You now have to create the main functionality of the plug-in. You will want to create some global Airport objects like so:
private Airport lasVegas = new Airport(36.07639, -115.12571, 0, -14, 89.42);
private void RegisterInterfaces()
For good practice you should also create a method to unreferenced these hooks. This can be done like so:
private void UnregisterInterfaces()
In order to fly between airports you will need to create a method called FlyToAirport which will determine which airport you want to fly to and will navigate the camera to the runway at the selected airport. This method should like this:
private void FlyToAirport(string functionName, object airport)
In order to change the cockpit overlay you will need to create a method called ChangeCockpit. This method will determine which cockpit the user has selected and will call the UpdateCockpit method of the airplane. This method should like this:
private void ChangeCockpit(string functionName, object cockpit)
In the Activate method you will want to create and Airplane object and load it. You can also want to create a timer object that will call a method calls the UpdateGaage method of your airplane object. You will also want to call the RegisterInerfaces method. This method should now look like this:
public override void Activate(object activationObject)
//create the airplane cockpit overlay
//use a timer to update the gauges every 250ms
//start off at the Toronto Pearson airport
The Deactivate method should also be updated to call the UnregisterInterfaces method and setting the timer timeout to infinite. Setting a timers timeout to infinite essentially disables it. This method should now look like this:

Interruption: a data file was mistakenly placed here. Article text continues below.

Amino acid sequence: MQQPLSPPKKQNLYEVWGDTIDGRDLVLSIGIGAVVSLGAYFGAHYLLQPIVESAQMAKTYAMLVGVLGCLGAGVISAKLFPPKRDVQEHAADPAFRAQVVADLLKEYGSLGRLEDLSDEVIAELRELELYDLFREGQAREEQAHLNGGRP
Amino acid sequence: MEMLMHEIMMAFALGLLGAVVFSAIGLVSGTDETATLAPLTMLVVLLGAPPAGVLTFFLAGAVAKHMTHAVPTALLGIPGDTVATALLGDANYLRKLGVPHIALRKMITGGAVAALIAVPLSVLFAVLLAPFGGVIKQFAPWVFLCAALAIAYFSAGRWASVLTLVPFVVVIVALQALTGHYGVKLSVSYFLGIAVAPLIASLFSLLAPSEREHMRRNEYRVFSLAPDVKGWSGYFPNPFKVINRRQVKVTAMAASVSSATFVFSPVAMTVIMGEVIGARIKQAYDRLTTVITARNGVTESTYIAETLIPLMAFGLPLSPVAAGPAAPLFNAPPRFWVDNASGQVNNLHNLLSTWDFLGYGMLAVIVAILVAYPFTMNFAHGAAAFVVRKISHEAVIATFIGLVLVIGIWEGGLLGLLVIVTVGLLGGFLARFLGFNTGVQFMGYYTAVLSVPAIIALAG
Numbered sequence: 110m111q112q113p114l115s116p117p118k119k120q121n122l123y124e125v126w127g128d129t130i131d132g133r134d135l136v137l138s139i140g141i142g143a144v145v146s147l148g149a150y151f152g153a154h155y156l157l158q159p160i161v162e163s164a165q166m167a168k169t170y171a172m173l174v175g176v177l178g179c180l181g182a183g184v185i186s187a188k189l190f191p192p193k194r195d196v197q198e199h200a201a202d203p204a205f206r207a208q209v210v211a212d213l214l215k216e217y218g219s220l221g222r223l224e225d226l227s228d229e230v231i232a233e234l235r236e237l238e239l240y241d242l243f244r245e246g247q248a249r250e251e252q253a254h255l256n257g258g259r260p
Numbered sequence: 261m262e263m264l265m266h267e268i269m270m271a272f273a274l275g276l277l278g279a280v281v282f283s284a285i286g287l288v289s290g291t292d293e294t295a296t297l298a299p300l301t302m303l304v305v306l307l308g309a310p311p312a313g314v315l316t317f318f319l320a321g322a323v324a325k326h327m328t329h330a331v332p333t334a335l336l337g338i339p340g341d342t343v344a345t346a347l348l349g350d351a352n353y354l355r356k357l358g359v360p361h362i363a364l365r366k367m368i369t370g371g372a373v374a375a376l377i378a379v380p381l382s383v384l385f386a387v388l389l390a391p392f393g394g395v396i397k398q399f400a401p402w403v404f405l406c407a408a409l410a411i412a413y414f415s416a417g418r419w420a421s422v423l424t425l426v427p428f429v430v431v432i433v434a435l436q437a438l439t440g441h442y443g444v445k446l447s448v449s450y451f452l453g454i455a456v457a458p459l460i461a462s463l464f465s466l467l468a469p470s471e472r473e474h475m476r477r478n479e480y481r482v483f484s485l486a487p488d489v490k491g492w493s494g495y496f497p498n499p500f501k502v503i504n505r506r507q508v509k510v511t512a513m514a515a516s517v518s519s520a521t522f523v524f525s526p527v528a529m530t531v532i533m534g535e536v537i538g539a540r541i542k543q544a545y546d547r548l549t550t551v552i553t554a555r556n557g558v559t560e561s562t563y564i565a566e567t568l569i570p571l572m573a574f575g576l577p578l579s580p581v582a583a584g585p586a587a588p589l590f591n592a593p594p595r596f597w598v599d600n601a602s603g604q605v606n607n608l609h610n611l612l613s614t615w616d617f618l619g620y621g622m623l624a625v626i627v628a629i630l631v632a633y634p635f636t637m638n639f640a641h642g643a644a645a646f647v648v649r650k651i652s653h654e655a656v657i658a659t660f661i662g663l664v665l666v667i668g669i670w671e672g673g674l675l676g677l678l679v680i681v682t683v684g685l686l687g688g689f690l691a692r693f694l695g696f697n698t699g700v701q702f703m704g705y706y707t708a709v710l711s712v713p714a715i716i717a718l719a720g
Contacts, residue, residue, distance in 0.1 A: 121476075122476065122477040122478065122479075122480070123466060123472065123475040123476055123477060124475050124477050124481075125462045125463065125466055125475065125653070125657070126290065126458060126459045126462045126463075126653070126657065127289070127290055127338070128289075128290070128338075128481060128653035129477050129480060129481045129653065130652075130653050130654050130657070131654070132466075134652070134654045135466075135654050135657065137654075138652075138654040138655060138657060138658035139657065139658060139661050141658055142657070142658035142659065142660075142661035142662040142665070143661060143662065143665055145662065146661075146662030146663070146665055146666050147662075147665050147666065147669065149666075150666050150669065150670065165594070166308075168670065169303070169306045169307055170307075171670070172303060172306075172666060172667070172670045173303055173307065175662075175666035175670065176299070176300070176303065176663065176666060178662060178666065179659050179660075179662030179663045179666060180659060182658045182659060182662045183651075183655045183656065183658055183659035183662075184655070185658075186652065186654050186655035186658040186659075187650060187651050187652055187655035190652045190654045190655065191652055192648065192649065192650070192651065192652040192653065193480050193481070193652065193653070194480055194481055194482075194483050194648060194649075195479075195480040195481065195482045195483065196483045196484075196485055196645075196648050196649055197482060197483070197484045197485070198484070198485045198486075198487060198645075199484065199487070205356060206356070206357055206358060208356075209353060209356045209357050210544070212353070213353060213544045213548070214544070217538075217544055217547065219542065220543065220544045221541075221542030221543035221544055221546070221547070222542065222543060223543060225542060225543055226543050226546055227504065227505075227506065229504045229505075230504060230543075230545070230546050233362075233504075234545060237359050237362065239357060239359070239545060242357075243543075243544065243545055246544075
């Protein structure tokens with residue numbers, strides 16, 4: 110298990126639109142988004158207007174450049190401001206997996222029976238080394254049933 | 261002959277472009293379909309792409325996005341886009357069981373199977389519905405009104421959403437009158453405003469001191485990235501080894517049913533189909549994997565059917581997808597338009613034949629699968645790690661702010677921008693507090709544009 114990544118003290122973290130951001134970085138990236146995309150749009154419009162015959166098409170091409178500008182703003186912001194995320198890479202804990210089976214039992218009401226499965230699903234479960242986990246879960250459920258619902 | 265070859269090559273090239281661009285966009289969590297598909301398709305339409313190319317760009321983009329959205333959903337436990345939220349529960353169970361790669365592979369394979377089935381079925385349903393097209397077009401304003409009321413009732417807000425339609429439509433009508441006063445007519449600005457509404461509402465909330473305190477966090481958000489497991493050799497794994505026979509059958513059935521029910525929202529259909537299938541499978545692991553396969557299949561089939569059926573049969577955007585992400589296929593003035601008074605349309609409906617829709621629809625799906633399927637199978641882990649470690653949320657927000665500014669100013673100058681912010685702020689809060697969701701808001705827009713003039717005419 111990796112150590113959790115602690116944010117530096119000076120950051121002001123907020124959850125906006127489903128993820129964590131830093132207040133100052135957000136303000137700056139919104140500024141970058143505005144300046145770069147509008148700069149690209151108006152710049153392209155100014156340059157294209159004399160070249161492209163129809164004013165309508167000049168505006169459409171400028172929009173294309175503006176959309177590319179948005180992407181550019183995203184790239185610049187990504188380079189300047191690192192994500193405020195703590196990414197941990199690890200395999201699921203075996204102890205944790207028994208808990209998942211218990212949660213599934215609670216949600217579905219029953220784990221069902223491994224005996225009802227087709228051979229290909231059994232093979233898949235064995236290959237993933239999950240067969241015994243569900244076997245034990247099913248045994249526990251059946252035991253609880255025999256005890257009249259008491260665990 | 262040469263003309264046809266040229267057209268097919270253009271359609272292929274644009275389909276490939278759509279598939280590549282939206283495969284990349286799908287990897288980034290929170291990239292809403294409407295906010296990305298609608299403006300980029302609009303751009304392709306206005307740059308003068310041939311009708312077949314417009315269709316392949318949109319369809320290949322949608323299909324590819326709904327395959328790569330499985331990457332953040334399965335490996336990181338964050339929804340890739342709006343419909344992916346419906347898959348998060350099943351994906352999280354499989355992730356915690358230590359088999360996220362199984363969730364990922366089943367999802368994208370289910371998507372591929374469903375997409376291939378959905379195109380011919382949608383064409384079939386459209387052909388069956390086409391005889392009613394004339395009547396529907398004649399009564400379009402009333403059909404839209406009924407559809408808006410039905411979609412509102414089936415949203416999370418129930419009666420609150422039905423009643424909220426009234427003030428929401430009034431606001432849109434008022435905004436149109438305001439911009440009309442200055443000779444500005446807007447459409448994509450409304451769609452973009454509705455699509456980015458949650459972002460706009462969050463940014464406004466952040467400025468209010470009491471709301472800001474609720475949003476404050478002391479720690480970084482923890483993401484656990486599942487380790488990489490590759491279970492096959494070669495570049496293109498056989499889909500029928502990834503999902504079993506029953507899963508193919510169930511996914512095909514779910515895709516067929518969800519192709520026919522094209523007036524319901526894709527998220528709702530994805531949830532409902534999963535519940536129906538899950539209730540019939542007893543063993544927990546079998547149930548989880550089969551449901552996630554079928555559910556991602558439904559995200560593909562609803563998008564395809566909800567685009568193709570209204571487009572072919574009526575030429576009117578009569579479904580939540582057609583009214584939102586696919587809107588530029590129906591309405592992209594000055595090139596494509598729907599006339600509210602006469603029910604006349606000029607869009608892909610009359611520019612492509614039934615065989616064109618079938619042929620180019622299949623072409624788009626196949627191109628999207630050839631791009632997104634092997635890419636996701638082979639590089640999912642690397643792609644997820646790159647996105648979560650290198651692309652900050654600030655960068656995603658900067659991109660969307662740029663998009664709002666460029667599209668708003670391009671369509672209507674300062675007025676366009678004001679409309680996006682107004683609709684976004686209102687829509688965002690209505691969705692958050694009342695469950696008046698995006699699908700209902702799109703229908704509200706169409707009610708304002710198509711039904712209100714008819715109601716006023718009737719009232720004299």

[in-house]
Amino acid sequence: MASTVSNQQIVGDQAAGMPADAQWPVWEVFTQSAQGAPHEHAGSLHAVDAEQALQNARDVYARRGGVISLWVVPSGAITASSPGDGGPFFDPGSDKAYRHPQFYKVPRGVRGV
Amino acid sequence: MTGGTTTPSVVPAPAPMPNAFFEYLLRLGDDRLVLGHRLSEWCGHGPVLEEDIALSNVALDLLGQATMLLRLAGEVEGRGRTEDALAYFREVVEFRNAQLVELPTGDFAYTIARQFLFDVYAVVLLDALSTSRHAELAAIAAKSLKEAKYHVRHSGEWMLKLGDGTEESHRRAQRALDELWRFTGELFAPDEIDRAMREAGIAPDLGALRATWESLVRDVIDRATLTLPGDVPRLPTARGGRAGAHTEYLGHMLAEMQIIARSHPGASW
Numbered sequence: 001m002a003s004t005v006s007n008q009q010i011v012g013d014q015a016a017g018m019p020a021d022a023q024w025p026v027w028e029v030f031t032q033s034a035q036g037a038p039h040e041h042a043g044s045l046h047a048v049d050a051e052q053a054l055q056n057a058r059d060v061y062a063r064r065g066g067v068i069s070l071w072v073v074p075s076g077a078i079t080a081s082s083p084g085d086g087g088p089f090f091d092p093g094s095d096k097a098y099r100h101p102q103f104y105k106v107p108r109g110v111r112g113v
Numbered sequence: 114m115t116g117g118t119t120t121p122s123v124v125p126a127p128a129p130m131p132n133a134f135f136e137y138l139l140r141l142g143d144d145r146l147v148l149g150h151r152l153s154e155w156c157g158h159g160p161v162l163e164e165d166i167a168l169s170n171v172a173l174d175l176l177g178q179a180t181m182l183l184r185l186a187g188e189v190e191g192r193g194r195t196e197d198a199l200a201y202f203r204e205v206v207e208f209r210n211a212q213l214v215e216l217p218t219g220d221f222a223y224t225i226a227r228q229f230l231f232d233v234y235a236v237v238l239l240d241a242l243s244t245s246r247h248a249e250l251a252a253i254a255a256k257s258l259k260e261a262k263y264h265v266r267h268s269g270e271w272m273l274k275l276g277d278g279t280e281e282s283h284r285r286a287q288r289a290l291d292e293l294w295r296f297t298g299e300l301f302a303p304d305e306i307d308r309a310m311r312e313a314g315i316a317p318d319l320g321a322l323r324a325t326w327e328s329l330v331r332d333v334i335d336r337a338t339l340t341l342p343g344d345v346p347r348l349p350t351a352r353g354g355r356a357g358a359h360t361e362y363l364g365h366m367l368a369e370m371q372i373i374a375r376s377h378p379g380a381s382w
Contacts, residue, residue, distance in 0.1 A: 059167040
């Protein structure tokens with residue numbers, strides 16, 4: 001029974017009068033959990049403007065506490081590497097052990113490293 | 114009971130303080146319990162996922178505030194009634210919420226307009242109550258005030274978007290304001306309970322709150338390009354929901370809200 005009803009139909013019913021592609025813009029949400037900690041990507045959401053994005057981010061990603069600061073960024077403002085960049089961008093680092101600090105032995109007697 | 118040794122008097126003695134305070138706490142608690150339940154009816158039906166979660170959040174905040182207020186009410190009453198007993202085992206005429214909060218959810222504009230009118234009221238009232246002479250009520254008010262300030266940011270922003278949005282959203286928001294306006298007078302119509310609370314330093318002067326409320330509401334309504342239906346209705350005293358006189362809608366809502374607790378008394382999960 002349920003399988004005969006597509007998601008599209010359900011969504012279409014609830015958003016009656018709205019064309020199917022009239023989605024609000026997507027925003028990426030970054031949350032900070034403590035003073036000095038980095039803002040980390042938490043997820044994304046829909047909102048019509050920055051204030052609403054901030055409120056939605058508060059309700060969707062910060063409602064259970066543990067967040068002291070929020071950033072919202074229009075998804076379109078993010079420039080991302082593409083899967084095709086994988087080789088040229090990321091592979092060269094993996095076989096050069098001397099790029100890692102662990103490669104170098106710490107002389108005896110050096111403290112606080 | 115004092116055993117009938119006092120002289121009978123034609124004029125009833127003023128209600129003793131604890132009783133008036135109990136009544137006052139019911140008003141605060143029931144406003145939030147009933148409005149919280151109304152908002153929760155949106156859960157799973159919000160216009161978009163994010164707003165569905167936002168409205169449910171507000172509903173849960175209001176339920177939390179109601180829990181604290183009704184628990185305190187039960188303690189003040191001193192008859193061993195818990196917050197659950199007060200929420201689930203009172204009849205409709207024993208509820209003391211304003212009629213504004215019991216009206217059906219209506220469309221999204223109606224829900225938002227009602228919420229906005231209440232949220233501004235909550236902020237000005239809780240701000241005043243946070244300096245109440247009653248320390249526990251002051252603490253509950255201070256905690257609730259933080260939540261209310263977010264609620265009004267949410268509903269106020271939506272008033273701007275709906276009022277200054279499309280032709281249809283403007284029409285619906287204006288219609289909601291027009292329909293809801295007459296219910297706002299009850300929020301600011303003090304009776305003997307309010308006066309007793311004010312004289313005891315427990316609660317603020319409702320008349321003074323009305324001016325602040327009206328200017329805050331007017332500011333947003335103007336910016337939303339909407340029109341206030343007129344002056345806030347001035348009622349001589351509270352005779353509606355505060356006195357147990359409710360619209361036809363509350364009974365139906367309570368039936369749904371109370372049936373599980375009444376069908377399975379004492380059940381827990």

public override void Deactivate()
//stop the timer
In order to load the cockpit images into the plug-in you will have to make them embedded resources. This can be done by right clicking on the images and going to the properties. Set the Build Action to Embedded Resource.
The final step is to strongly name the plug-in. This is required to give the plug-in partial trust to your system. To create a strongly name key for this plug-in:
- Open a Visual Studio Command Prompt.
- At the command prompt, type cd C:\Samples\Test (or the directory where you created your application) and press ENTER.
- At the command prompt, type sn -k TestPlugin.snk and press ENTER.
- At the command prompt, type exit, and press ENTER.
- In Visual Studio, right click your project and select Properties.
- Click the Signing tab and check Sign the assembly.
- In the Choose a strong name key file drop down list, select <Browse…>
- Select the SimpleFlightSimulatorPlugin.snk file and click Open. The strong name file is automatically added to your project.
- Save the properties window and then close it.
You can now build your project to compile the plug-in DLL. You can then open the HTML in a browser to view your flight simulator. To increase the sensation of flying around Virtual Earth with your own flight simulator try using an Xbox controller. The built in navigation controls of Virtual Earth recognizes the Xbox controller. The controls are similar to Halo.
The complete source code for this application can be downloaded here:
Part 1 – http://rbrundritt.spaces.live.com/blog/cns!E7DBA9A4BFD458C5!756.entry
Part 2 – http://rbrundritt.spaces.live.com/blog/cns!E7DBA9A4BFD458C5!752.entry
Part 3 – http://rbrundritt.spaces.live.com/blog/cns!E7DBA9A4BFD458C5!751.entry